Assistant Director of Public Programs Laurel Rimmer highlights what’s new in the gardens this week.
A few members of the Arum family (Araceae) are showing off their bold foliage and unusual flowers this week. Look for an inflorescence consisting of a leaf-like spathe and a fleshy spike of tiny flowers called a spadix.
Thick, shiny foliage of Arisaema ringens (Japanese cobra lily), pictured on the right, contrasts nicely with the finely textured leaves of Branford rambler fern (Athyrium ‘Branford Rambler’). Peer beneath the massive leaves, pictured on the left, to see where it gets its common name. This is an impressive and easy to grow Arisaema topping off at about 2 ½ feet tall. Several groupings of cobra lilies thrive in the Shade Border.
Also in the Shade Border and elsewhere on the grounds, Arum italicum subsp. italicum ‘Marmoratum’ (Italian arum) is in full bloom, showing off creamy white spathes. Flowers are followed by bright red berries that appear in midsummer as the foliage goes dormant. The leaves are overlaid with attractive white patterning, perfect for lightening up a shady spot.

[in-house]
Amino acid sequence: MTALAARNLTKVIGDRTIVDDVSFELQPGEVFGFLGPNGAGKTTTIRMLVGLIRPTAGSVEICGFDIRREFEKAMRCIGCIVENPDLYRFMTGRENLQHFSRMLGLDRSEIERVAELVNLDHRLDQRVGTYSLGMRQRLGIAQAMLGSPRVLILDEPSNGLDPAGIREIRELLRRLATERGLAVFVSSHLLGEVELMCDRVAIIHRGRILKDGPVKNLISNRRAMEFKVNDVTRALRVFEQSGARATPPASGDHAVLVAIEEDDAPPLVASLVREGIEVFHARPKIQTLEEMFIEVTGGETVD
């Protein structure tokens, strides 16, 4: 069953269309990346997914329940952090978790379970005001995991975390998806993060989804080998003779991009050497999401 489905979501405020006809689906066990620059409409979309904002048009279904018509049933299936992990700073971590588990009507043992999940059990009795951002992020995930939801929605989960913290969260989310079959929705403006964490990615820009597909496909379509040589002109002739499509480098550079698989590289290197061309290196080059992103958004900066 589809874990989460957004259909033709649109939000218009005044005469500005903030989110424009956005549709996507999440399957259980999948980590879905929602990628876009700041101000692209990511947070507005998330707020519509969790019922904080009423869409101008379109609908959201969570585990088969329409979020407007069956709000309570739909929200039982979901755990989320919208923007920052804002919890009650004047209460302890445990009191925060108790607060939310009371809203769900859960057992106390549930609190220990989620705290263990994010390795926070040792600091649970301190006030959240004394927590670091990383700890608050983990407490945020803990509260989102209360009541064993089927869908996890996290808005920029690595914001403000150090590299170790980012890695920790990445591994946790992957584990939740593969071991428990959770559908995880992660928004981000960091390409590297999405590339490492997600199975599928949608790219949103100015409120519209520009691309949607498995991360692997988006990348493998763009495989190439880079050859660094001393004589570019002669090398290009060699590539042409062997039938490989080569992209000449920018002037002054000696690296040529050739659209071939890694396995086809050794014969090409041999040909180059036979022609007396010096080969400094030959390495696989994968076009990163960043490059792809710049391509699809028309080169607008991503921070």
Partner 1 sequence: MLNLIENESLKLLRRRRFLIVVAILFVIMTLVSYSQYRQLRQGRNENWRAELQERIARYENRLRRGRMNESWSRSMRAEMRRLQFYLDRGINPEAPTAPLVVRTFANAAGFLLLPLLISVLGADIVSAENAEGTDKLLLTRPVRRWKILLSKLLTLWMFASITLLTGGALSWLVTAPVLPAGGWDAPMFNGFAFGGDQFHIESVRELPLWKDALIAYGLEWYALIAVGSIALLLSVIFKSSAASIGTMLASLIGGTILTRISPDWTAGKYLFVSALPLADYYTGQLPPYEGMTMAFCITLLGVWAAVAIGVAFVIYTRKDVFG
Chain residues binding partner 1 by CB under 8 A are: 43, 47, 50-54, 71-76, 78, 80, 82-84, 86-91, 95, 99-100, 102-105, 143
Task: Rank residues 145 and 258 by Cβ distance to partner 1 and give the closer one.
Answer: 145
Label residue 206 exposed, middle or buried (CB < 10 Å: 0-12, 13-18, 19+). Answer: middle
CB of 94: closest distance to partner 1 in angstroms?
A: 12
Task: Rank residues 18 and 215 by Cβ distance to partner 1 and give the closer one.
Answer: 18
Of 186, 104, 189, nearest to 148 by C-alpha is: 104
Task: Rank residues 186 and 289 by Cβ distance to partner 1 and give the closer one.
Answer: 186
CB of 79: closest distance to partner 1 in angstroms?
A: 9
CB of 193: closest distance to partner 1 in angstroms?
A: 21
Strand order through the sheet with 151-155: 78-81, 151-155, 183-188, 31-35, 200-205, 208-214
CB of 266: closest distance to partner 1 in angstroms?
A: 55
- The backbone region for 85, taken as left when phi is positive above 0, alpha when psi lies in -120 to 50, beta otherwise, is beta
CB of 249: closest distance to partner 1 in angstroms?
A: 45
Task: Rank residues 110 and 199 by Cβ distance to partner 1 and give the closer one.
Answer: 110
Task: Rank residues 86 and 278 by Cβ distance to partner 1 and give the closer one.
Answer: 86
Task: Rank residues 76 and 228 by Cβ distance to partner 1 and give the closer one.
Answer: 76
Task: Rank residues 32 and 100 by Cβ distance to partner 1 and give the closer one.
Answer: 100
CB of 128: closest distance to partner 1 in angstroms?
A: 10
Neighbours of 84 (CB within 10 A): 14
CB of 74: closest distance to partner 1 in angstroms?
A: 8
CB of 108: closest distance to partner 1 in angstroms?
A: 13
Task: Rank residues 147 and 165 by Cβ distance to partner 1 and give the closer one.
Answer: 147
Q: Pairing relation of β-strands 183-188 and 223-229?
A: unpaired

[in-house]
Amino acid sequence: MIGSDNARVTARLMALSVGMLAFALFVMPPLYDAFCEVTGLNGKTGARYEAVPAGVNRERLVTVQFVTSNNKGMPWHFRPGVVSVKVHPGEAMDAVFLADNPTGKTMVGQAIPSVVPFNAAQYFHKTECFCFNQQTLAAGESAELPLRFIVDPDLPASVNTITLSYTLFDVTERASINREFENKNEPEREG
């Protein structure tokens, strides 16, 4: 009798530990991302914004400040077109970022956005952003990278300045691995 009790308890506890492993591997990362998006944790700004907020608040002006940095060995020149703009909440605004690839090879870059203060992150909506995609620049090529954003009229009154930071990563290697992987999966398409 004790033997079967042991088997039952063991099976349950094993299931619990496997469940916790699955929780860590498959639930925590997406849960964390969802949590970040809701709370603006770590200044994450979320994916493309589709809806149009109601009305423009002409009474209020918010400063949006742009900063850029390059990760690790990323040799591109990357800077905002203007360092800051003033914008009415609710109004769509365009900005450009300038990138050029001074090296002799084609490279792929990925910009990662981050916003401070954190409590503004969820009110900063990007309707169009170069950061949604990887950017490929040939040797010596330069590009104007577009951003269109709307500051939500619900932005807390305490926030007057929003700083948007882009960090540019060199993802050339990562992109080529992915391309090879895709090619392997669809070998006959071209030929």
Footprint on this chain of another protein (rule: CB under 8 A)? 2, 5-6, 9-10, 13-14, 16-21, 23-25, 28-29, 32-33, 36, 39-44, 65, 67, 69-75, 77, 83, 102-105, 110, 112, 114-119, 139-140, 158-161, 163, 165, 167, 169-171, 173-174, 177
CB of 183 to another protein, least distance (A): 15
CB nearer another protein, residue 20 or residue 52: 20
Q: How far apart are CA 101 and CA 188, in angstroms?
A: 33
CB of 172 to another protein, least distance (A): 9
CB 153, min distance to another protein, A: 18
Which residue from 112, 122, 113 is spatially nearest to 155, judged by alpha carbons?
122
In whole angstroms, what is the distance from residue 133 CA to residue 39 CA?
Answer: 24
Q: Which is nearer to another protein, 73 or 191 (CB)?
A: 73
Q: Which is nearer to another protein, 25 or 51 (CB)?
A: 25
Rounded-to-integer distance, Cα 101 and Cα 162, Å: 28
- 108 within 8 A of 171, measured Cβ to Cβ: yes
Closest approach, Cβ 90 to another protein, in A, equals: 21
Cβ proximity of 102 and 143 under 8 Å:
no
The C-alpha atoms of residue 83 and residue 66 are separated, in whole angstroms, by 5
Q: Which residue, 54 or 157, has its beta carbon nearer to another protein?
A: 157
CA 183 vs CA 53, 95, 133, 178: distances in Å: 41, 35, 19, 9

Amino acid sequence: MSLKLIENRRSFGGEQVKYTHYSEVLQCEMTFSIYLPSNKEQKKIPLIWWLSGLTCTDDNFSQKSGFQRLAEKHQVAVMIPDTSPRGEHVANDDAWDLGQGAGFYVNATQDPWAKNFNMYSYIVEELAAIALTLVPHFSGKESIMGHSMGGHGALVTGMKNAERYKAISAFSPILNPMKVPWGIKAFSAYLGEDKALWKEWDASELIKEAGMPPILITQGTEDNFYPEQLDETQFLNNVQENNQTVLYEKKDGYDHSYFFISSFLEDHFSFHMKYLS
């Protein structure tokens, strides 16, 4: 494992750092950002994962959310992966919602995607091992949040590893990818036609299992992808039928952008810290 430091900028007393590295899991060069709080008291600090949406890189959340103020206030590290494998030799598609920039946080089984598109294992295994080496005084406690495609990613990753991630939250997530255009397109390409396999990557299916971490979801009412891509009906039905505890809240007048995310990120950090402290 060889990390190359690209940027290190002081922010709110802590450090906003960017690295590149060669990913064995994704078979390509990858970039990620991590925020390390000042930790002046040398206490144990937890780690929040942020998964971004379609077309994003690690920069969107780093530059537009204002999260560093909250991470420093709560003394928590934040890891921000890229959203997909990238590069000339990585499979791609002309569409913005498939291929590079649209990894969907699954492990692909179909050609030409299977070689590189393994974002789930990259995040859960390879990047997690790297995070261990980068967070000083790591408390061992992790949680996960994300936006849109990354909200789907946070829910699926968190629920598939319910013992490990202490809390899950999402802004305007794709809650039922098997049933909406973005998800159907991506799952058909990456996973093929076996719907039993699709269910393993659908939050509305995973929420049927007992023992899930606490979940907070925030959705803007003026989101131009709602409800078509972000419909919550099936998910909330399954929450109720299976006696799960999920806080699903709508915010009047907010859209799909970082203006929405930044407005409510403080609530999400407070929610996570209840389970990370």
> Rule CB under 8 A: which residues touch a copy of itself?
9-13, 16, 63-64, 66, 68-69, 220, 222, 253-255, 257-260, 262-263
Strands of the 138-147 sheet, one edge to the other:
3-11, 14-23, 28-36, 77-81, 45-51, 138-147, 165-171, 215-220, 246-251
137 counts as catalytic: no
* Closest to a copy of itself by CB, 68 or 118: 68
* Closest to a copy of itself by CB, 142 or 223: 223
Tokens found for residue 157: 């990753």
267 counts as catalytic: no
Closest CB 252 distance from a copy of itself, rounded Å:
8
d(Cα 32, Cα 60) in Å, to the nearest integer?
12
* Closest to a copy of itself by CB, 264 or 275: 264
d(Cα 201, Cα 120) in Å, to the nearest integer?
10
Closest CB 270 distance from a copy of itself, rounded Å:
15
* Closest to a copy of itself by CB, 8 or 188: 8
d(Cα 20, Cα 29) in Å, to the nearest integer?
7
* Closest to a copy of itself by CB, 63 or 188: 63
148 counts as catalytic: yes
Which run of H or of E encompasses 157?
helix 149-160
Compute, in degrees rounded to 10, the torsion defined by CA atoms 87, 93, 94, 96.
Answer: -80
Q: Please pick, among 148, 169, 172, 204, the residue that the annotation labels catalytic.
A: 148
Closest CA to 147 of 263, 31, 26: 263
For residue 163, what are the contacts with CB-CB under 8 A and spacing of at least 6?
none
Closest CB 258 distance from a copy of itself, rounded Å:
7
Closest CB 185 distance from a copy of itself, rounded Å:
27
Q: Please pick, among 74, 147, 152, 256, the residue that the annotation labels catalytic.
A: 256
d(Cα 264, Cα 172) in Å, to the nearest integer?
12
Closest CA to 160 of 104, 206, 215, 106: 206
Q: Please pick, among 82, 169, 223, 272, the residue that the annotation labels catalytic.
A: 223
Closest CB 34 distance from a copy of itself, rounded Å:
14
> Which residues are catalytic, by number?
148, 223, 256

Here it is pictured with Geum triflorum. When they are happy, they may become overly aggressive, often graduating to weedy status.
The foul-smelling voodoo lily summons flies to pollinate its flowers. Fortunately blooms are fleeting and collapse in a day or two, replaced by tropical-looking leaves on long, spotted stems. A prolific grower, it will provide plenty of little tubers to share with garden friends (or enemies).